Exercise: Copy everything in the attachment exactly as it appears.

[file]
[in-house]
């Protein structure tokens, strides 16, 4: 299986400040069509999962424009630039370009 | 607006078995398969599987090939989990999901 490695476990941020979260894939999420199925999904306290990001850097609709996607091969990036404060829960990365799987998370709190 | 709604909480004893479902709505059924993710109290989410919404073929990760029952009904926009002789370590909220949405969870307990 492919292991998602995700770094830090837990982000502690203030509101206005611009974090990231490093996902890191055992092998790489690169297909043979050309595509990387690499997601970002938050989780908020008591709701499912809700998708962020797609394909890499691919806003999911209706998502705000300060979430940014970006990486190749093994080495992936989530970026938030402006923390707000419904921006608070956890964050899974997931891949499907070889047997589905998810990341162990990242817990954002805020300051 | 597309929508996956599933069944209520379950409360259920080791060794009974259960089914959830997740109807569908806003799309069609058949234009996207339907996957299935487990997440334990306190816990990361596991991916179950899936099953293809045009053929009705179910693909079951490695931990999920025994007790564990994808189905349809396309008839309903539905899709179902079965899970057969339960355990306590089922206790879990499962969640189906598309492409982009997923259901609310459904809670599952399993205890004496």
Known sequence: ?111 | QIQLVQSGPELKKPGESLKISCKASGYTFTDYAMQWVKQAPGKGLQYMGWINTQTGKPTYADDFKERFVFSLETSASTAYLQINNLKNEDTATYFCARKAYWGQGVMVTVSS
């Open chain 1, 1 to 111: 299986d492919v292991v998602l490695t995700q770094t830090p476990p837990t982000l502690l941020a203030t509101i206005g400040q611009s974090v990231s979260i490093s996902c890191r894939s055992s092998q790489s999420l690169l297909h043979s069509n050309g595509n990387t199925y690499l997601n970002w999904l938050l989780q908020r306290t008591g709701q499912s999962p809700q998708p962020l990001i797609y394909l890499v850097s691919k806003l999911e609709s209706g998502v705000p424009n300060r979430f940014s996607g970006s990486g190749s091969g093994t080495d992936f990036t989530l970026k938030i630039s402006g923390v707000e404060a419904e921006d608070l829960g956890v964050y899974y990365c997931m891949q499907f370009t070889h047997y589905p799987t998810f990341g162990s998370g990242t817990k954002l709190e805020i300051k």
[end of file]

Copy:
[in-house]
């Protein structure tokens, strides 16, 4: 299986400040069509999962424009630039370009 | 607006078995398969599987090939989990999901 490695476990941020979260894939999420199925999904306290990001850097609709996607091969990036404060829960990365799987998370709190 | 709604909480004893479902709505059924993710109290989410919404073929990760029952009904926009002789370590909220949405969870307990 492919292991998602995700770094830090837990982000502690203030509101206005611009974090990231490093996902890191055992092998790489690169297909043979050309595509990387690499997601970002938050989780908020008591709701499912809700998708962020797609394909890499691919806003999911209706998502705000300060979430940014970006990486190749093994080495992936989530970026938030402006923390707000419904921006608070956890964050899974997931891949499907070889047997589905998810990341162990990242817990954002805020300051 | 597309929508996956599933069944209520379950409360259920080791060794009974259960089914959830997740109807569908806003799309069609058949234009996207339907996957299935487990997440334990306190816990990361596991991916179950899936099953293809045009053929009705179910693909079951490695931990999920025994007790564990994808189905349809396309008839309903539905899709179902079965899970057969339960355990306590089922206790879990499962969640189906598309492409982009997923259901609310459904809670599952399993205890004496």
Known sequence: ?111 | QIQLVQSGPELKKPGESLKISCKASGYTFTDYAMQWVKQAPGKGLQYMGWINTQTGKPTYADDFKERFVFSLETSASTAYLQINNLKNEDTATYFCARKAYWGQGVMVTVSS
């Open chain 1, 1 to 111: 299986d492919v292991v998602l490695t995700q770094t830090p476990p837990t982000l502690l941020a203030t509101i206005g400040q611009s974090v990231s979260i490093s996902c890191r894939s055992s092998q790489s999420l690169l297909h043979s069509n050309g595509n990387t199925y690499l997601n970002w999904l938050l989780q908020r306290t008591g709701q499912s999962p809700q998708p962020l990001i797609y394909l890499v850097s691919k806003l999911e609709s209706g998502v705000p424009n300060r979430f940014s996607g970006s990486g190749s091969g093994t080495d992936f990036t989530l970026k938030i630039s402006g923390v707000e404060a419904e921006d608070l829960g956890v964050y899974y990365c997931m891949q499907f370009t070889h047997y589905p799987t998810f990341g162990s998370g990242t817990k954002l709190e805020i300051k």